J Neurogastroenterol Motil  https://doi.org/10.5056/jnm19050
Treatment pattern and economic burden of refractory GERD patients in South Korea
Susan Park1, Jin-Won Kwon1, Joong-Min Park2, Sungsoo Park3, and Kyung Won Seo4*
1College of Pharmacy and Research Institute of Pharmaceutical Sciences, Kyungpook National University, Daegu, Korea; 2Department of Surgery, Chung-Ang University College of Medicine, Seoul, Korea; 3Department of Surgery, Korea University College of Medicine, Seoul, Korea; and 4Department of Surgery, Kosin University College of Medicine, Busan, Korea
Correspondence to: Kyung Won Seo, MD, PhD
Department of Surgery, Kosin University College of Medicine, 262 Gamcheon-ro, Seo-gu, Busan 49267, Korea
Tel: +82-51-990-6782, Fax: +82-51-246-6093, E-mail: kwseo@kosin.ac.kr
Susan Park and Jin-Won Kwon equally contributed to this study.
Received: March 12, 2019; Revised: June 12, 2019; Accepted: July 20, 2019; Published online: November 5, 2019.
© The Korean Society of Neurogastroenterology and Motility. All rights reserved.

The prevalence of gastroesophageal reflux disease (GERD) has increased in Korea, and the economic burden of this chronic disease is substantial. We aim to investigate the treatment pattern and economic burden in Korea of refractory GERD requiring long-term use of proton pump inhibitors (PPIs).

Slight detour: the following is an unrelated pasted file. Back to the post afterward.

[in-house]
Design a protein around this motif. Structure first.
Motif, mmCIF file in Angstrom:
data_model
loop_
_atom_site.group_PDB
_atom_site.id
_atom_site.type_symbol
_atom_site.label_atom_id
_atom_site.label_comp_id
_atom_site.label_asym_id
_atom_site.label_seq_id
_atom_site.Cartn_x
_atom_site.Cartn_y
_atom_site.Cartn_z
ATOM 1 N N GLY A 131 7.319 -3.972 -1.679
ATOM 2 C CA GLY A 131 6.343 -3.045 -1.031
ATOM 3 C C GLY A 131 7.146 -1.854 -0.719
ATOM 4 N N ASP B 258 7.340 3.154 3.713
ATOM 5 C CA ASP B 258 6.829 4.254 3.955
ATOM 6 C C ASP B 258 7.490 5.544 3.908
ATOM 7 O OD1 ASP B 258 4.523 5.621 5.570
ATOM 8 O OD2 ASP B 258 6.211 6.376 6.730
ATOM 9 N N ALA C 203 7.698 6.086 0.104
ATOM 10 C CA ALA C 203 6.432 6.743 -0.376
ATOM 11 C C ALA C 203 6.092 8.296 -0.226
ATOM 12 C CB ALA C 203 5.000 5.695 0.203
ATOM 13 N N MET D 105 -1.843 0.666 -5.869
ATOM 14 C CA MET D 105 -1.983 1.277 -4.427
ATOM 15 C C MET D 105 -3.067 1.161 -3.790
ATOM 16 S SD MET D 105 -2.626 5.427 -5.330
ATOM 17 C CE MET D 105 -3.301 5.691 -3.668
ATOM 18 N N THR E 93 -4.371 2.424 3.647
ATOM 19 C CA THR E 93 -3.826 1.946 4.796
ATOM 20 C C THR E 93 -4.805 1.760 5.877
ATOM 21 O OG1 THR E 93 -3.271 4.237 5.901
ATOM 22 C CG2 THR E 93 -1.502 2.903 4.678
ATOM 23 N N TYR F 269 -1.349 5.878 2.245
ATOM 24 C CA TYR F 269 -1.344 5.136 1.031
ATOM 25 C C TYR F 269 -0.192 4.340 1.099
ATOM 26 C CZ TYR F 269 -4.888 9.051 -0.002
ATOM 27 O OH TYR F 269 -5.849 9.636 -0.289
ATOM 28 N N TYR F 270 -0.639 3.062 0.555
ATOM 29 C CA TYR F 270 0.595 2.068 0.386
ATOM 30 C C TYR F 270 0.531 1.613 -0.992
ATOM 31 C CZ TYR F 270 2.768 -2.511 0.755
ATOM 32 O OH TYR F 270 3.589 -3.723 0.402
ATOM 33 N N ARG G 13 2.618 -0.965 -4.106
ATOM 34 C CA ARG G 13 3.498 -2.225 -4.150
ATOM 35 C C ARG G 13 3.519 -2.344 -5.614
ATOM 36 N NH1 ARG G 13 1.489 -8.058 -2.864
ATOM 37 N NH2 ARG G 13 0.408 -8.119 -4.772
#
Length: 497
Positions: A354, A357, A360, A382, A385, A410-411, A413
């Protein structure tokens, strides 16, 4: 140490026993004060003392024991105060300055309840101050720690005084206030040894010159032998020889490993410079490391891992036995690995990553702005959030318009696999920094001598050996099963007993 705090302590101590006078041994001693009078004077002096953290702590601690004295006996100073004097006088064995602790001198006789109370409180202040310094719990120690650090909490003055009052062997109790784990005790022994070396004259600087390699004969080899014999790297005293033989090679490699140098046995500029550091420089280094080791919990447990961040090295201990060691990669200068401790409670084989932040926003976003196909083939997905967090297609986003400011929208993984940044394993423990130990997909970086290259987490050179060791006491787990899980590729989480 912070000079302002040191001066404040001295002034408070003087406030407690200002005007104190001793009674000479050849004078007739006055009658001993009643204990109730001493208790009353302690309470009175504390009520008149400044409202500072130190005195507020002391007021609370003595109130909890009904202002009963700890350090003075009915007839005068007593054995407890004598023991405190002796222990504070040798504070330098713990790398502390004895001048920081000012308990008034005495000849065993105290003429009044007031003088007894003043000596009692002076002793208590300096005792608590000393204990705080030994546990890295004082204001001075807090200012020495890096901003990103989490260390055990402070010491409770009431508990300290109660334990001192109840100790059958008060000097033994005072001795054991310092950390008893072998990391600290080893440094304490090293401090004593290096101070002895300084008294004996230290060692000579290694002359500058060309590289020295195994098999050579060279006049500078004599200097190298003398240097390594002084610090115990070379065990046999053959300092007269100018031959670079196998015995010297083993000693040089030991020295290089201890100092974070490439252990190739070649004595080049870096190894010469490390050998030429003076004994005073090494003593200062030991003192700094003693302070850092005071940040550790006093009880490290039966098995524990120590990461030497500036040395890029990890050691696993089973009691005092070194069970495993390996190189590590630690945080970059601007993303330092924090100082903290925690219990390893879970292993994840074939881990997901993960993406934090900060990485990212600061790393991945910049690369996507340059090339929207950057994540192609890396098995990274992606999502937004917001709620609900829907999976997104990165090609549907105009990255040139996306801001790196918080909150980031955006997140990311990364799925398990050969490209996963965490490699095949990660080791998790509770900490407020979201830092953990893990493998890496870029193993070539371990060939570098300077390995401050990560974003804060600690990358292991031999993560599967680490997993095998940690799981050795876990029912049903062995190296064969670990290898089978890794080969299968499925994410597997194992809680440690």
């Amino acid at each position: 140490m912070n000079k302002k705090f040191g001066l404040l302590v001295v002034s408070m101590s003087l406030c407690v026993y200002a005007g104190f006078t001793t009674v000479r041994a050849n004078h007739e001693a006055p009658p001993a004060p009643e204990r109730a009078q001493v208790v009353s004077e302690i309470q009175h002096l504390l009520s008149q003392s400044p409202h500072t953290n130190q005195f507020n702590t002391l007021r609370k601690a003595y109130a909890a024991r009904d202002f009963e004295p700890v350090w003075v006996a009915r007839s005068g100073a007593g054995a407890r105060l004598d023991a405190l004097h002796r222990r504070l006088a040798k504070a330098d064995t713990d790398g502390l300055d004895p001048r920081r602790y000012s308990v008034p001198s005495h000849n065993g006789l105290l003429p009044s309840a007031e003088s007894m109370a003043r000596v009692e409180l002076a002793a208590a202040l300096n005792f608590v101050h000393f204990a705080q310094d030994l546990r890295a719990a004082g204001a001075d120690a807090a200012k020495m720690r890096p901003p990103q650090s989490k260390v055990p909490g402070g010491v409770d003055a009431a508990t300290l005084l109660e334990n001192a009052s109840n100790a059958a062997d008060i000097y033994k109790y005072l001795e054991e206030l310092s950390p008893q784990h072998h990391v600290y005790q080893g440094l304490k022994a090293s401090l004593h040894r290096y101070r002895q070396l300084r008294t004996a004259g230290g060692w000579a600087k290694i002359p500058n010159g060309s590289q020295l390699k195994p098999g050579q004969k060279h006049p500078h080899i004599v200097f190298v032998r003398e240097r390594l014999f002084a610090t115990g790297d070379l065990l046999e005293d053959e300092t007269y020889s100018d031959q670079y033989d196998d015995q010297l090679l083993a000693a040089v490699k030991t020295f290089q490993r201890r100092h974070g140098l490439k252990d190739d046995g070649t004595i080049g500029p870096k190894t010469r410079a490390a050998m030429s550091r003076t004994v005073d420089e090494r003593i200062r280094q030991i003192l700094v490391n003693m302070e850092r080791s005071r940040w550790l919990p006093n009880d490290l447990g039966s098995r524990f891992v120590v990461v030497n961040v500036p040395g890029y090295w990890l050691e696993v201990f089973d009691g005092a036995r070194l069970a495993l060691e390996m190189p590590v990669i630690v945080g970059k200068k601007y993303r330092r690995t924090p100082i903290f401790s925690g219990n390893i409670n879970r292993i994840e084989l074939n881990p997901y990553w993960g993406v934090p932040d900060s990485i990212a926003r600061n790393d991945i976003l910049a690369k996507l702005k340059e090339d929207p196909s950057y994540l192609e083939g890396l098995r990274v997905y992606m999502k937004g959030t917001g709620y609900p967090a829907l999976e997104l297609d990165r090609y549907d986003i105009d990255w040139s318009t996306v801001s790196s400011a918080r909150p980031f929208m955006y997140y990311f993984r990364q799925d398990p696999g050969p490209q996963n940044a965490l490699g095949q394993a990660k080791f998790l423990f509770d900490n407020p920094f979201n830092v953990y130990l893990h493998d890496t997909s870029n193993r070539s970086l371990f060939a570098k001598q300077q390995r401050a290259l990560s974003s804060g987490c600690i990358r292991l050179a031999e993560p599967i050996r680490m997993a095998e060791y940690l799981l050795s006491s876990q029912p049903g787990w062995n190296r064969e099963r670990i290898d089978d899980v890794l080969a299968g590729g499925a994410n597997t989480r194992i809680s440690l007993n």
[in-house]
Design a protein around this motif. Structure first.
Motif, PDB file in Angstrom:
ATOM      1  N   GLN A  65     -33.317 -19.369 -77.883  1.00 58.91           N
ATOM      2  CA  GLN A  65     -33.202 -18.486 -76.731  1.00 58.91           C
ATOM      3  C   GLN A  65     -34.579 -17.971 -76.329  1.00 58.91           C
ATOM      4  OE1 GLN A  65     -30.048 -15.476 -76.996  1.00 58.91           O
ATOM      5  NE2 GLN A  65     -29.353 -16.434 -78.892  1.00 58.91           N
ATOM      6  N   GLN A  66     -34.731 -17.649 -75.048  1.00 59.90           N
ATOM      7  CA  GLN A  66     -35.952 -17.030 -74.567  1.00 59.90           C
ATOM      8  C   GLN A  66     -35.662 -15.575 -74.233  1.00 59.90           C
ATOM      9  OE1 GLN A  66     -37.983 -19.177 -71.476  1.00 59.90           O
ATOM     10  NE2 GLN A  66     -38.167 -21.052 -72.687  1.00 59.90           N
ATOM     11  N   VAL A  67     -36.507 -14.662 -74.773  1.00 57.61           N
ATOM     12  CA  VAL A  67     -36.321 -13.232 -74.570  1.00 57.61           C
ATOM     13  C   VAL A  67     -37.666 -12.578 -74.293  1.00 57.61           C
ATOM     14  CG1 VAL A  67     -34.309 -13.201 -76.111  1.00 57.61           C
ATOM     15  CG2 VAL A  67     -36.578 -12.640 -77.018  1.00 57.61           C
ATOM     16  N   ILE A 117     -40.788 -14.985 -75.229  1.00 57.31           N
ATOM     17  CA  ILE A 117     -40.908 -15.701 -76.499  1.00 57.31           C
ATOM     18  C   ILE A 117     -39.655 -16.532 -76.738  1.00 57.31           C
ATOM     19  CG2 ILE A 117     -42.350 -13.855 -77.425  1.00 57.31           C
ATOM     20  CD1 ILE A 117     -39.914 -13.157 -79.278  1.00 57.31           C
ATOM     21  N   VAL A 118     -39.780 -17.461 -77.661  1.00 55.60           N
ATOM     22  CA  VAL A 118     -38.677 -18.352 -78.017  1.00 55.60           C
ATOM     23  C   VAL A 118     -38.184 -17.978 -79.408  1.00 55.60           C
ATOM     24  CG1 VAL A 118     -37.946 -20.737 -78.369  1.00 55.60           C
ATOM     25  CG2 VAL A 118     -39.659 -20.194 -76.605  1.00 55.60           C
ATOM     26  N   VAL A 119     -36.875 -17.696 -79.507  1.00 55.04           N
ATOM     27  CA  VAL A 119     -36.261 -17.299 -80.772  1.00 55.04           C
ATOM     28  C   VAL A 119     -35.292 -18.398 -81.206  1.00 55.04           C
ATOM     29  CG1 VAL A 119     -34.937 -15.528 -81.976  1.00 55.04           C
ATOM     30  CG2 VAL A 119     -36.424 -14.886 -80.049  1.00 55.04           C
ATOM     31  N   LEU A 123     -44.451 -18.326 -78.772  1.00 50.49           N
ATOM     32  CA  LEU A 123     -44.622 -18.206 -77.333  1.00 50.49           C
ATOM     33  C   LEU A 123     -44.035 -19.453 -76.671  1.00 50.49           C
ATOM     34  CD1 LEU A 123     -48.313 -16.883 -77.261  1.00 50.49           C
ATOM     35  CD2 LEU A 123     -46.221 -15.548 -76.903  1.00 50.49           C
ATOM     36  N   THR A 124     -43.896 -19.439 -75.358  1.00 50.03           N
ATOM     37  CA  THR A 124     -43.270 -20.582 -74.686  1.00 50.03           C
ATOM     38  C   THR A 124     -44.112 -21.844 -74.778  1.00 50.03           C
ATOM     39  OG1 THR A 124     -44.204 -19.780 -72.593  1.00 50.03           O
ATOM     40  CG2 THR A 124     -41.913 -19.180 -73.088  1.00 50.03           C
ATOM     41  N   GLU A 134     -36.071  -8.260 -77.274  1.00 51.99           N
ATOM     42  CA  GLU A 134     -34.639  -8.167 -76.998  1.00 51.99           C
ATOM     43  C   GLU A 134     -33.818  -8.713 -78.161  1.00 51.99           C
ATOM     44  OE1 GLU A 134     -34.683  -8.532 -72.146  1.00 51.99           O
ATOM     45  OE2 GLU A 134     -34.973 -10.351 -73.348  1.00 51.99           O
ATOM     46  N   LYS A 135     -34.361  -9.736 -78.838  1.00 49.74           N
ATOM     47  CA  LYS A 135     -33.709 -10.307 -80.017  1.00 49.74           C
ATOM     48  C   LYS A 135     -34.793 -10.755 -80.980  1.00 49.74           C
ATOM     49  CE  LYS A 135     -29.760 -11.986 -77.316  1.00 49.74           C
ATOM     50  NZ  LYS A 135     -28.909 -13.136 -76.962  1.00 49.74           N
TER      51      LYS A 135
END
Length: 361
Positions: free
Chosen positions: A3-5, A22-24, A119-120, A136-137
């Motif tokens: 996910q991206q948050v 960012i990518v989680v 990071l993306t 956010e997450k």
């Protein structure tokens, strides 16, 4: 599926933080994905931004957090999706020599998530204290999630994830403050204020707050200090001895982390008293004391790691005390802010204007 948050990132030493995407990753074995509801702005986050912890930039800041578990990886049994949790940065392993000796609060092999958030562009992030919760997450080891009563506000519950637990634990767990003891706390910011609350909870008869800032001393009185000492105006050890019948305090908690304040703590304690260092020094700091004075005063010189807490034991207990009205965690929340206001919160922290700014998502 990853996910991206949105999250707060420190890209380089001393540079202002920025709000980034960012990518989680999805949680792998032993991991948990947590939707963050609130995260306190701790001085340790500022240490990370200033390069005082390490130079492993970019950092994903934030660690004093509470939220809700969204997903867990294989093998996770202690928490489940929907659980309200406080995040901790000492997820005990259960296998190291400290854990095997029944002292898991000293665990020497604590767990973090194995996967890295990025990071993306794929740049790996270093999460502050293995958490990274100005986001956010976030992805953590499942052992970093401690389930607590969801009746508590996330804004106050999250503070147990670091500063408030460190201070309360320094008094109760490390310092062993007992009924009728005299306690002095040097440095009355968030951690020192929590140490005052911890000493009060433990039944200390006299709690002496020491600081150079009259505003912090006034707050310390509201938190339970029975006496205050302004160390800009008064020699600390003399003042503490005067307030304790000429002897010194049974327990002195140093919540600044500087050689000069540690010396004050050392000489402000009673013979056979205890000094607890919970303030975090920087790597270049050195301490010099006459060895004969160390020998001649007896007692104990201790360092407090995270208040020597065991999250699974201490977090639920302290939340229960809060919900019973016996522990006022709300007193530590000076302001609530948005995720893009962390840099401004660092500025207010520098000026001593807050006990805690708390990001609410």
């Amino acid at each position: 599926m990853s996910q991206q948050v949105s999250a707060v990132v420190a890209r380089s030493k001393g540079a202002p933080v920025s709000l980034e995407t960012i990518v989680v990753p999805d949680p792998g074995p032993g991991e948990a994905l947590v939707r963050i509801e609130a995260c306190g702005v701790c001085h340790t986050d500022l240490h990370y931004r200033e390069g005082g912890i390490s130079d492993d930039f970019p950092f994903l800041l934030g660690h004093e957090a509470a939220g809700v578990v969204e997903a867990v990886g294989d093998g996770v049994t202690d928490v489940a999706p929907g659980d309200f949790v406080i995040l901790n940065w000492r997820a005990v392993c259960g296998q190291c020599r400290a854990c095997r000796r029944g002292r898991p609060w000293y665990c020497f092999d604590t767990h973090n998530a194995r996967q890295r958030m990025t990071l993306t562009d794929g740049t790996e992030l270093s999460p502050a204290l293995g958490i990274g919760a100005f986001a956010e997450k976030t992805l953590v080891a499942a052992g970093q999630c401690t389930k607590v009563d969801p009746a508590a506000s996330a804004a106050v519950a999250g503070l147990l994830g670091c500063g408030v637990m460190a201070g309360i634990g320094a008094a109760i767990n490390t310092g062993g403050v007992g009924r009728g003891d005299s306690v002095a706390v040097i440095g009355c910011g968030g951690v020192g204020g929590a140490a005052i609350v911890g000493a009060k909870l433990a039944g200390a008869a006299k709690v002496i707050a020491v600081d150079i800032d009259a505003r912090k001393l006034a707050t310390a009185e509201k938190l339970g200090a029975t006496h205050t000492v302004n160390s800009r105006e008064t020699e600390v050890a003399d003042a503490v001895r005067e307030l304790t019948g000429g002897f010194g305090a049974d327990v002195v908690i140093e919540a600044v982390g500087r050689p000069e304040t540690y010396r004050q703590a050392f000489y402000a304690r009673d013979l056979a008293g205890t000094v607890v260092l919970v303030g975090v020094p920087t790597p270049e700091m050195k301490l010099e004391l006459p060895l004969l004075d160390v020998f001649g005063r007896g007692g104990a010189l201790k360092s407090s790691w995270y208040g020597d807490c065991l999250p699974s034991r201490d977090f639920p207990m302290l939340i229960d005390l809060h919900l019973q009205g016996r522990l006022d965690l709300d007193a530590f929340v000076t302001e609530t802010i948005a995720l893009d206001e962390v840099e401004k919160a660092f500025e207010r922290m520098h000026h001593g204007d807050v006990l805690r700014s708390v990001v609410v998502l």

We conducted a cross-sectional analysis of nationally representative sample data obtained from 2012 to 2016 and provided by the Health Insurance Review and Assessment Service. The participants were 86 936 in the medication group and 40 in the surgery group. Age- and sex-standardized prevalence of refractory GERD requiring PPIs medication for more than 12 weeks were analyzed. Generalized linear models were used to estimate cost ratios for comparing the medical costs of the surgery and medication groups after adjustment for demographics and comorbidity.
The prevalence of refractory GERD increased from 1.2% in 2012 to 1.9% in 2016, and the estimated total number of GERD patients increased from 402 000 to 736 000 during this time period. The medical expenditures of the surgery group within 90 days of antireflux surgery (ARS) were 16.9-fold higher compared to those of the medication group; the significant difference in medical costs between the 2 groups disappeared after 90 days post-surgery.
The prevalence of refractory GERD requiring long-term use of PPIs has been trending upwards recently. Nevertheless, ARS is very rarely performed. Considering the increasing medical costs of long-term PPI use, further cost-effectiveness analysis is needed to compare ARS and PPI therapy for the treatment of GERD in Korea.
Keywords: Fundoplication; Gastroesophageal reflux; Proton pump inhibitors

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